5. Talk it out: In addition, the act of reading information aloud can have a positive effect on one’s memory. Try it. Read aloud the important points or details from a studied section of content. For this activity, be sure to find an appropriate location for your “read-aloud” study!
RESULT: Your brain will be mentally storing the details by both “seeing” AND “hearing” the needed information.

6. Create flashcards: For vocabulary word study or learning facts and dates for social studies, history or science content, consider writing out (or typing, if needed) flashcards on regular 3” X 5” index cards. Put each new vocabulary word on one side of a card with its definition on the card’s reverse side. For other content, put the date, event or other term on one side with the explanation of each on the reverse side. With a standard hole-puncher tool, punch a hole in the upper left-hand corner of each card with and ring them all together with a loose-leaf binder ring. Do this for each major section of content to help you better prepare for chapter tests, etc. Then, after the test, file them away (with labeled dividers) in a re-cycled shoebox for end-of-unit study or semester exam prep later.
RESULT: You will be “imprinting” your brain with each card’s information and will be much more prepared for assessments, no matter when they are scheduled. You can also carry each set of study flashcards in your purse or backpack, always ready for an impromptu study session or simply while waiting for a friend to join you.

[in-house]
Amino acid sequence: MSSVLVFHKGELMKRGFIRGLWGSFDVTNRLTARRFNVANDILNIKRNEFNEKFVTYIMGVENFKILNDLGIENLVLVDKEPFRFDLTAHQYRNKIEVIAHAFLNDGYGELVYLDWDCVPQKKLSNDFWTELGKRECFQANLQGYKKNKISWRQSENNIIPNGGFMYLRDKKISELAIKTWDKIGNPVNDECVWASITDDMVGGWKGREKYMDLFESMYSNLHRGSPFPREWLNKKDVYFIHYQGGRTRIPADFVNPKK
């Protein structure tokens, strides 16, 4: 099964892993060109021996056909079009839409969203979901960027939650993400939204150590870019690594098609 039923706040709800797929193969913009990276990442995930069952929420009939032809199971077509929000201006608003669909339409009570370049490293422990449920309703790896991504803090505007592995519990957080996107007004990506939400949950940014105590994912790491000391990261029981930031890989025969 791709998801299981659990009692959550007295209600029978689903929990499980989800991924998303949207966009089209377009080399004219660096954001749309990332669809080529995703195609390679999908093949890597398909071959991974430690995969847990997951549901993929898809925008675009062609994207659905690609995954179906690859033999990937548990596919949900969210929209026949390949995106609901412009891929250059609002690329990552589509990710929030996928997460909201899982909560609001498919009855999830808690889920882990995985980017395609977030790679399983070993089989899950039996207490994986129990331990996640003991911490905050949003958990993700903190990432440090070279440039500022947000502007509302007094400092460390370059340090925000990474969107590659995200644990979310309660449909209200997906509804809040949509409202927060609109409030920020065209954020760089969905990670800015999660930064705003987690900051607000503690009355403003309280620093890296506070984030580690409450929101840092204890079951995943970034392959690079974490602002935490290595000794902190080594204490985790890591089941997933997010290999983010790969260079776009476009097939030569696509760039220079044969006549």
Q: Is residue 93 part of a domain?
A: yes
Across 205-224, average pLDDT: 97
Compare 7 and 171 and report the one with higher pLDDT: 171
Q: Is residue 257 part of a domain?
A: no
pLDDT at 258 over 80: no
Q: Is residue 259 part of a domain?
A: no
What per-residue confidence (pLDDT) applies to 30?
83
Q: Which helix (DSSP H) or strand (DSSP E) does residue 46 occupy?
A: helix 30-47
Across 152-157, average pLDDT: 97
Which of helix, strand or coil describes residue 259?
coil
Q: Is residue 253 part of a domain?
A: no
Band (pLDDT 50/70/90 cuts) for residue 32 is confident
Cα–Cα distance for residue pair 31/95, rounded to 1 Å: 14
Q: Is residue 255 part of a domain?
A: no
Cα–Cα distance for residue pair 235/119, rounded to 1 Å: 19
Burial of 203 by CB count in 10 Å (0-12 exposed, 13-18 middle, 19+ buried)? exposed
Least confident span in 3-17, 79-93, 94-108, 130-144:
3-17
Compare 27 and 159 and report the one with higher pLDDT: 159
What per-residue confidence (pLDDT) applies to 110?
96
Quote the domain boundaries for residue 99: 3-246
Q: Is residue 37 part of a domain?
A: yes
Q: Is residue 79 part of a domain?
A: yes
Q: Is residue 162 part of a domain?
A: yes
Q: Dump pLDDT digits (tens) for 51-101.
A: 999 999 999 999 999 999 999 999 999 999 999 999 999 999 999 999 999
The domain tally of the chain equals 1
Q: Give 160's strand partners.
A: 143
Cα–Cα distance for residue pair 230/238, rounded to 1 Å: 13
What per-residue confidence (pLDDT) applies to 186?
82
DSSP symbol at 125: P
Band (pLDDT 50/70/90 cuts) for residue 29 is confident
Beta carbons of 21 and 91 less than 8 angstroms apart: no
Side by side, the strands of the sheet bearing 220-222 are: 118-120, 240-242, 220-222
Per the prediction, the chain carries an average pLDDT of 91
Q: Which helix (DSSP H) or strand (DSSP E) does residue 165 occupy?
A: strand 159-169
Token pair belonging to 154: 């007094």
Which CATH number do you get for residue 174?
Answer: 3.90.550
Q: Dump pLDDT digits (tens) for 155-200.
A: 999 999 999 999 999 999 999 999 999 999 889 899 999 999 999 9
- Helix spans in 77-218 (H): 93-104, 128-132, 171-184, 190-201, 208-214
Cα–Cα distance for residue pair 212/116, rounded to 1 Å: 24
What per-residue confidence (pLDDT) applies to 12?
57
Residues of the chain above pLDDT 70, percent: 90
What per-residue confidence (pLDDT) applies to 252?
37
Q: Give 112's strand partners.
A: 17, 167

7. Use good study tools: Select reading and study tools that can effectively contribute to your learning experience. Consider online tools such as Evernote, Studyblue, Zotero and Google Hangouts to jumpstart your study efforts, especially if you like FREE tech downloads (See Resources to follow here.). Should focus and concentration be issues for you, you might want to take a look at the Reading Focus Cards (Patent 7,565,759). These teacher-created, reading tools can help isolate 1-2 lines of text in a book, document and even on tech devices such as Kindles, iPads and other e-readers and e-tablets. Law, medical students and others with massive amounts of content to read, use these tools and have found them to be quite helpful, especially when focus and attention are study issues.
RESULT: More focus and concentration on content lead to better retention. The RIGHT tools for an individual can make ALL the difference in one’s learning success.


“How to Study” Resources
Scroll halfway down page to access FREE downloadable resources for better study results.

23 Science-Backed Study Tips to Ace a Test
Excellent tips that work when preparing for tests and exams

Forget What You Know About Good Study Habits by Benedict Carey, New York Times

Five FREE online study tools for higher grades
Merge new technology with studying and use these five free online study tools. They allow you to study anywhere your laptop or phone can go, helping you make great use of the extra chunks of time in your day: riding the bus, waiting for a professor’s office hours to start, or hanging out between classes.

Reading Focus Cards (Patent 7,565.759)--These reading tools are solutions for challenged readers of all ages. They can be especially helpful for children, teens and adults with ADHD, dyslexia, autism, low vision and other issues that impact reading success.

For information on customizable reading tools: Tools for struggling readers of all ages! Info & support for struggling readers

Image courtesy of: Brennan Innovators, LLC: